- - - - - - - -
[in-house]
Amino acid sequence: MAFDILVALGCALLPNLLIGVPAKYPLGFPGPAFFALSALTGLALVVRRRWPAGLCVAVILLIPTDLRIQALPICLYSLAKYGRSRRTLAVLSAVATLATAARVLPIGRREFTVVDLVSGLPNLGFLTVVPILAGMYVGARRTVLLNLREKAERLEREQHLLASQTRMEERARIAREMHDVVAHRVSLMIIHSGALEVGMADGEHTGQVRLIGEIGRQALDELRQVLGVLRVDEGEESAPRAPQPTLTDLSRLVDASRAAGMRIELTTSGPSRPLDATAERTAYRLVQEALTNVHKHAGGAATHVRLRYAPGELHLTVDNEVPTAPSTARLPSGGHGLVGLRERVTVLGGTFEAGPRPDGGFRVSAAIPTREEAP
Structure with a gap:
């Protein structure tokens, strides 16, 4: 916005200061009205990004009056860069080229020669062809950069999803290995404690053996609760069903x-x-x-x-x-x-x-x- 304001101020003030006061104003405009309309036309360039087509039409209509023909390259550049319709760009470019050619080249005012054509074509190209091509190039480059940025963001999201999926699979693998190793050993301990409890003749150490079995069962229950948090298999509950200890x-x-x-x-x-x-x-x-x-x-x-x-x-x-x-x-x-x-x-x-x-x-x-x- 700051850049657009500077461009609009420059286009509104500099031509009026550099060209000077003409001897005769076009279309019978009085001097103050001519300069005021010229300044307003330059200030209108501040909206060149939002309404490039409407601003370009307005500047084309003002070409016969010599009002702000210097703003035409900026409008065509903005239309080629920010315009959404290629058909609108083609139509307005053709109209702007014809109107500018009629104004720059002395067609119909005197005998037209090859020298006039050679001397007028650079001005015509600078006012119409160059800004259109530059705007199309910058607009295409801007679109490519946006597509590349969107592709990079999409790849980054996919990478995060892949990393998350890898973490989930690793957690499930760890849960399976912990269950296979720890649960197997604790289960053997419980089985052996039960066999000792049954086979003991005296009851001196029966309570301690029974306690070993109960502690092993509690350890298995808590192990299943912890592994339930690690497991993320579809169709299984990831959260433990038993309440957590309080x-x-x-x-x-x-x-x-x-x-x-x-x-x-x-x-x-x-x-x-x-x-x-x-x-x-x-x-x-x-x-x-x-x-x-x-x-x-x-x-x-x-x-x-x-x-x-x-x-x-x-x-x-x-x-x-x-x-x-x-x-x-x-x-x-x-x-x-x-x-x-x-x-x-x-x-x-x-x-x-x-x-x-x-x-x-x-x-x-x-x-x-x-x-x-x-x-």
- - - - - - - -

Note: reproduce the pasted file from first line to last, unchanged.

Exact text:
[in-house]
Amino acid sequence: MAFDILVALGCALLPNLLIGVPAKYPLGFPGPAFFALSALTGLALVVRRRWPAGLCVAVILLIPTDLRIQALPICLYSLAKYGRSRRTLAVLSAVATLATAARVLPIGRREFTVVDLVSGLPNLGFLTVVPILAGMYVGARRTVLLNLREKAERLEREQHLLASQTRMEERARIAREMHDVVAHRVSLMIIHSGALEVGMADGEHTGQVRLIGEIGRQALDELRQVLGVLRVDEGEESAPRAPQPTLTDLSRLVDASRAAGMRIELTTSGPSRPLDATAERTAYRLVQEALTNVHKHAGGAATHVRLRYAPGELHLTVDNEVPTAPSTARLPSGGHGLVGLRERVTVLGGTFEAGPRPDGGFRVSAAIPTREEAP
Structure with a gap:
């Protein structure tokens, strides 16, 4: 916005200061009205990004009056860069080229020669062809950069999803290995404690053996609760069903x-x-x-x-x-x-x-x- 304001101020003030006061104003405009309309036309360039087509039409209509023909390259550049319709760009470019050619080249005012054509074509190209091509190039480059940025963001999201999926699979693998190793050993301990409890003749150490079995069962229950948090298999509950200890x-x-x-x-x-x-x-x-x-x-x-x-x-x-x-x-x-x-x-x-x-x-x-x- 700051850049657009500077461009609009420059286009509104500099031509009026550099060209000077003409001897005769076009279309019978009085001097103050001519300069005021010229300044307003330059200030209108501040909206060149939002309404490039409407601003370009307005500047084309003002070409016969010599009002702000210097703003035409900026409008065509903005239309080629920010315009959404290629058909609108083609139509307005053709109209702007014809109107500018009629104004720059002395067609119909005197005998037209090859020298006039050679001397007028650079001005015509600078006012119409160059800004259109530059705007199309910058607009295409801007679109490519946006597509590349969107592709990079999409790849980054996919990478995060892949990393998350890898973490989930690793957690499930760890849960399976912990269950296979720890649960197997604790289960053997419980089985052996039960066999000792049954086979003991005296009851001196029966309570301690029974306690070993109960502690092993509690350890298995808590192990299943912890592994339930690690497991993320579809169709299984990831959260433990038993309440957590309080x-x-x-x-x-x-x-x-x-x-x-x-x-x-x-x-x-x-x-x-x-x-x-x-x-x-x-x-x-x-x-x-x-x-x-x-x-x-x-x-x-x-x-x-x-x-x-x-x-x-x-x-x-x-x-x-x-x-x-x-x-x-x-x-x-x-x-x-x-x-x-x-x-x-x-x-x-x-x-x-x-x-x-x-x-x-x-x-x-x-x-x-x-x-x-x-x-």